Guide to Safe Deposit Boxes

Safe deposit boxes have been used for years by individuals to protect small quantities of precious items from theft, fire or flood damage. The following is a guide to help you understand why you need a safe deposit box, and how to obtain one, use it, and maintain it.

Why You Might Need a Safe Deposit Box

Many people have inherited or received military service medals, a small collection of art miniatures, stamps or even baseball cards from a loved one. In order to keep the items safe, they may try to keep the items out of the home, where they might be subject to loss or damage. A safe deposit box is ideal for these keepsakes. In addition to housing them in a safe deposit box, you should consider covering them with a rider to your home insurance policy.

Also, you may own financial instruments such as:  stocks, bonds, gold proof coins, gold futures or even gold bullion. These intrinsic value items belong in a safe deposit box, not in your home. The yearly rent you pay for the safety deposit box is a deductible when the box is used for the aforementioned investment purchases.

Keeping a copy of your most important items in your box is also recommended. Items like your retirement savings plans, registered education savings plans, and drawn up a detailed will with provisions for their care should they still be minors if you die in an accident. Ensure the originals of these documents are kept with your lawyer or the person you have selected as the executor of your will.

What You Should Never Put in a Safe Deposit Box

Any illegal substance, firearms, cash in any denomination, toxic or explosive substances must never be stored in a safe deposit box. Your box can be impounded for illegal activity and forced open. You will be arrested and charged with the applicable offences.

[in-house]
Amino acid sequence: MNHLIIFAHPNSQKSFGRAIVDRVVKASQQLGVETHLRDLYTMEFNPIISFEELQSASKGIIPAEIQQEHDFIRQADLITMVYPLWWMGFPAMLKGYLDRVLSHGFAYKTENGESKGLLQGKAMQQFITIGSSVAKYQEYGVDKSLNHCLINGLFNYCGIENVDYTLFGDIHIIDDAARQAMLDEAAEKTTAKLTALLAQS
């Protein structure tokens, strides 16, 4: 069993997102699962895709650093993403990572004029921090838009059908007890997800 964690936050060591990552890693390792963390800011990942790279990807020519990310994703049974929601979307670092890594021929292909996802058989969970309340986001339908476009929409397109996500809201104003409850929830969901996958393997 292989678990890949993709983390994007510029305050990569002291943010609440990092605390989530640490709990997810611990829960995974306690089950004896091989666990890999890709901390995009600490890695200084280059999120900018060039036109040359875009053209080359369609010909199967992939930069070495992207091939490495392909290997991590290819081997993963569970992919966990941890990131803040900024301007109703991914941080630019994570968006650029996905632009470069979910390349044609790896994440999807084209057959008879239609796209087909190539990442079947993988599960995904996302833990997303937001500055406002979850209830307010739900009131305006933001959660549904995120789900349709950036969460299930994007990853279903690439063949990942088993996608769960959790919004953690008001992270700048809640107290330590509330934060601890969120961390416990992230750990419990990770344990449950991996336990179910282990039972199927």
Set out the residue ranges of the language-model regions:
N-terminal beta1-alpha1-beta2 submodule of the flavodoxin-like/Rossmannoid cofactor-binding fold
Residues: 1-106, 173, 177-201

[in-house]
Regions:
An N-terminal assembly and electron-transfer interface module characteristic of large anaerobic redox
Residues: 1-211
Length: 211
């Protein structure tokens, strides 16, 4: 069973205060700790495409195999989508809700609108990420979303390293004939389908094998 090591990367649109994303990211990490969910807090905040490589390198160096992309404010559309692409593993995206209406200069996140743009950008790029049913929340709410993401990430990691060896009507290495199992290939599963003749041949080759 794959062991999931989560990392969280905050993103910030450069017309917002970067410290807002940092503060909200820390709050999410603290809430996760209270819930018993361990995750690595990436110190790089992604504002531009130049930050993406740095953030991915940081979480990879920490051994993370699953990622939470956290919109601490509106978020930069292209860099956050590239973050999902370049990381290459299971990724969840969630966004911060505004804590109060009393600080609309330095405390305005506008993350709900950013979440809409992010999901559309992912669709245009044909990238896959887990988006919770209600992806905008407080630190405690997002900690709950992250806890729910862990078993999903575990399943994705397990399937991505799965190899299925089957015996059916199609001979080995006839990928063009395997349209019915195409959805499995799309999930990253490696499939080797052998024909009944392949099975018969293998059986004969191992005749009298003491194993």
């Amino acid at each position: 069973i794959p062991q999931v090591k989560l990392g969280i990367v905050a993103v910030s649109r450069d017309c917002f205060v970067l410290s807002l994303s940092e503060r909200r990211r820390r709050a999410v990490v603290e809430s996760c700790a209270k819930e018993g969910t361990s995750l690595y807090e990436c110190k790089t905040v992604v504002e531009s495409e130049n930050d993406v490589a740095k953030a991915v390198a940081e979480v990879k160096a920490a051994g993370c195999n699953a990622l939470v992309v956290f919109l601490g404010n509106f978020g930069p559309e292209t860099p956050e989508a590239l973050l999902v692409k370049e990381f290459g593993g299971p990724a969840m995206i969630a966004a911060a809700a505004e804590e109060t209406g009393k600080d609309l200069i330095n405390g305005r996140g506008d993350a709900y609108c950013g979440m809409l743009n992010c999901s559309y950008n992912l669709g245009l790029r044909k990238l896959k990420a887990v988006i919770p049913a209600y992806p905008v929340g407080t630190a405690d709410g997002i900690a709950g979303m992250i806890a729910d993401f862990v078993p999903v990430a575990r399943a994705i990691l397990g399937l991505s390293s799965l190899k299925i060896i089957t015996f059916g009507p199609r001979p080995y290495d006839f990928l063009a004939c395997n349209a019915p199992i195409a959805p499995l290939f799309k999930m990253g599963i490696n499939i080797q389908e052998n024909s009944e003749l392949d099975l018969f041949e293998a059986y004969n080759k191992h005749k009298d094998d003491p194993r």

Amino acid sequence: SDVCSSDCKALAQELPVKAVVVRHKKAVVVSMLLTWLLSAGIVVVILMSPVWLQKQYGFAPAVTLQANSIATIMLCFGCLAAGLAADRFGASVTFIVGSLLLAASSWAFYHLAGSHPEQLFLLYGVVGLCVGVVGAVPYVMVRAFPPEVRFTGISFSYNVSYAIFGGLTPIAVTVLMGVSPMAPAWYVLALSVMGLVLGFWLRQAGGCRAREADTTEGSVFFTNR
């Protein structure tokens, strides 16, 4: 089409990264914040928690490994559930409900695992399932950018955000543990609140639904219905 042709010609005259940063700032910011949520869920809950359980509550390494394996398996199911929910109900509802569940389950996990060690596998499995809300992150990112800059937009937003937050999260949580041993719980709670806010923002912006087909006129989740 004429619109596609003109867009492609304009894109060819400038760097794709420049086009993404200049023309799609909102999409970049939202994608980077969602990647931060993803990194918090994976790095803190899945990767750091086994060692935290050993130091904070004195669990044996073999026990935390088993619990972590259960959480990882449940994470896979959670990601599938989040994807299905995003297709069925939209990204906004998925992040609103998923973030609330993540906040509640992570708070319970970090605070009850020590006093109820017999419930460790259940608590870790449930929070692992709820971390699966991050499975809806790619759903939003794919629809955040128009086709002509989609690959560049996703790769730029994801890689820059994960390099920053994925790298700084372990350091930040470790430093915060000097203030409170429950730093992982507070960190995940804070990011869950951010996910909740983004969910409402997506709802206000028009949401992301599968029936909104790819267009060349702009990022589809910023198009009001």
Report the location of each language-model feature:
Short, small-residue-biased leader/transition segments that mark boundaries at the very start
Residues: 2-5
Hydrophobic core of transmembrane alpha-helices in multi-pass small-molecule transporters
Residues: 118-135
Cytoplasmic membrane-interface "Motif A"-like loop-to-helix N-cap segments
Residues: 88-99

How to Arrange the Use of a Safe Deposit Box

Contact your bank branch to see if a safe deposit box is available. If so, fill out the lease agreement, and ensure that all persons who will access the box put their signatures on this form. Have the yearly fee deducted directly from your bank account. Keep the two keys you will get in a secure location, apart from each other in your home. You must open the box in person, with a bank administrator present.

If putting keepsake objects in your box, photograph them and send copies to your lawyer. Keep copies, not originals of important documents there. Visit the box at least once a year, and update the inventory of its contents.

If you move out of the area, terminate the box lease, empty the box and turn in the keys. This will prevent the box being listed as "unclaimed" should the bank not locate you after you move.

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